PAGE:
Katatonia – Permanently Discouraged

Sunday, 31st March 2013

(This content originally appeared on Blistering.com)

Riding the coattails of 2009’s Night is the New Day, Katatonia’s new Dead End Kings has virtually the same plot: It’s difficult, unforgiving, elusive, isolated, and ultimately rewarding in the end. Reaction for Dead End Kings has been split, which means the Swedes are doing something right, for the bar is set so high that a “regular” Katatonia album just wouldn’t do. And while the band has yet to make the same album twice, their propensity to pair successive albums in their catalog (2003’s Viva Emptiness with 2006’s The Great Cold Distance;Night with Dead End Kings) gives them clear separation in a career that is marked by continual change.

Presently hitting the boards in North America with the killer bill of Devin Townsend and Paradise Lost, guitarist/founding member Anders Nyström phoned Blistering during a stop in Denver to discuss the new album, subsequent touring load and immediate plans for an “alternate” version of Dead End Kings. Time limitations ultimately prevented a deeper dive into the band’s storied past, but we promise that time (and feature) will come. For now, Mr. Blakkheim was his usual forthcoming and humble self, and off we went…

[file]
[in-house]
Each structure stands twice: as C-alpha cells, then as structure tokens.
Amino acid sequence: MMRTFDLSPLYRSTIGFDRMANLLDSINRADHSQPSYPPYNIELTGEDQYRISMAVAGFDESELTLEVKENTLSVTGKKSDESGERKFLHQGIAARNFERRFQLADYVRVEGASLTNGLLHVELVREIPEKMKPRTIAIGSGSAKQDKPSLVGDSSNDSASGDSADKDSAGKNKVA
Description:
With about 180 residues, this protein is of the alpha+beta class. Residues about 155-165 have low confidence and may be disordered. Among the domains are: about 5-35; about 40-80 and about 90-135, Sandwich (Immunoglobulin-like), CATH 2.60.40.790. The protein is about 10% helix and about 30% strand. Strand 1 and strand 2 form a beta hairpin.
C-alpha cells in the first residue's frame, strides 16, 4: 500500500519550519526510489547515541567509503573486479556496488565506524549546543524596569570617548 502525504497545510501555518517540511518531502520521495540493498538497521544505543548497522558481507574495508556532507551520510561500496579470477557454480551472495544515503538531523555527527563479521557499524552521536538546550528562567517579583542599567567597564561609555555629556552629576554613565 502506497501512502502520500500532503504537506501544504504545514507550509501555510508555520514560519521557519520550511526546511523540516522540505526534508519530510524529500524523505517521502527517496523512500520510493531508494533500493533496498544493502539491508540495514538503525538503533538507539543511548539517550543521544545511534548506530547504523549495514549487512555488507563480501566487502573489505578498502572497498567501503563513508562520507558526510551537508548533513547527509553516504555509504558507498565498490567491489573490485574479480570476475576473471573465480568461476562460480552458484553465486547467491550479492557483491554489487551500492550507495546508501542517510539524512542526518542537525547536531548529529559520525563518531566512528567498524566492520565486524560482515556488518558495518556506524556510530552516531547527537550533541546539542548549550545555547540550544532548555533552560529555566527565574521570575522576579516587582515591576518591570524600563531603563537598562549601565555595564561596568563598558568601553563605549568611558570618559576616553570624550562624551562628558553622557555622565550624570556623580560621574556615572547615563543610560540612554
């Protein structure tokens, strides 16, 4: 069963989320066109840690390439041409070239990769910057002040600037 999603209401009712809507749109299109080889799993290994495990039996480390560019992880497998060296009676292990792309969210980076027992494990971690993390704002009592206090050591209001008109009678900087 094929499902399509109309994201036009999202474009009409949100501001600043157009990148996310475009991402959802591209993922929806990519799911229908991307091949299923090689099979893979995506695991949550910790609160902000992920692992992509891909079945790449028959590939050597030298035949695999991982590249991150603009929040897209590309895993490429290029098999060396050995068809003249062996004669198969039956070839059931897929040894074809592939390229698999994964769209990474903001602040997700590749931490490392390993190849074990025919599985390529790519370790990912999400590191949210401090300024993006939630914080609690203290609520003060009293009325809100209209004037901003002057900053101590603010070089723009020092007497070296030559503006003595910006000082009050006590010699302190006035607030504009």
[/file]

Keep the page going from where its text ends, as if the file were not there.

Blistering.com: You’re out with Paradise Lost at the moment and considering their influence on your early works, how cool is it to be in North America with them?

Anders Nyström: I think it’s a very huge honor. If you would ask me this 20 years ago, it would sound silly, unrealistic, and a dream, all in one. We have toured with these guys before and we’re sharing the bus with them and everything, so we’re really good friends. But it’s quite surreal to be over here and bringing them along with us.

Blistering.com: Surreal indeed. Like when you listen to Dance of December Souls, there’s so many nods to Paradise Lost.

Nyström: The whole surreal part is that we’re bringing them as special support, but that’s just because we’re in America and for some reason, they’ve neglected this market for a really long time. The bill wouldn’t be this if we went somewhere else, obviously. If we went to Europe or South America, they would take us as special support. We do keep that in mind, with all due respect for that.